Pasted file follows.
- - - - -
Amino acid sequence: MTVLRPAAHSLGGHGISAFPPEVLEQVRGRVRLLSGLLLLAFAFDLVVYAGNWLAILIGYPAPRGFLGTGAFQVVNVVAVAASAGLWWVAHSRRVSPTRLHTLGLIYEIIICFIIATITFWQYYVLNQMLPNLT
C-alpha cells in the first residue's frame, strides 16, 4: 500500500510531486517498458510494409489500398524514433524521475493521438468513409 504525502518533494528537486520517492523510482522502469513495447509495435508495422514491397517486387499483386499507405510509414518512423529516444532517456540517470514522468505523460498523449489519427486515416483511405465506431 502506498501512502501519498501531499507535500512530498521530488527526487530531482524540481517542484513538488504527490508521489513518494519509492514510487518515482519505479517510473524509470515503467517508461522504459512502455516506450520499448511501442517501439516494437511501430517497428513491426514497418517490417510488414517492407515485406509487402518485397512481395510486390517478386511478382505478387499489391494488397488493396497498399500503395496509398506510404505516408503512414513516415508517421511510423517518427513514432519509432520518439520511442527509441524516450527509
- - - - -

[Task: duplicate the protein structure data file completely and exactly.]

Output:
Amino acid sequence: MTVLRPAAHSLGGHGISAFPPEVLEQVRGRVRLLSGLLLLAFAFDLVVYAGNWLAILIGYPAPRGFLGTGAFQVVNVVAVAASAGLWWVAHSRRVSPTRLHTLGLIYEIIICFIIATITFWQYYVLNQMLPNLT
C-alpha cells in the first residue's frame, strides 16, 4: 500500500510531486517498458510494409489500398524514433524521475493521438468513409 504525502518533494528537486520517492523510482522502469513495447509495435508495422514491397517486387499483386499507405510509414518512423529516444532517456540517470514522468505523460498523449489519427486515416483511405465506431 502506498501512502501519498501531499507535500512530498521530488527526487530531482524540481517542484513538488504527490508521489513518494519509492514510487518515482519505479517510473524509470515503467517508461522504459512502455516506450520499448511501442517501439516494437511501430517497428513491426514497418517490417510488414517492407515485406509487402518485397512481395510486390517478386511478382505478387499489391494488397488493396497498399500503395496509398506510404505516408503512414513516415508517421511510423517518427513514432519509432520518439520511442527509441524516450527509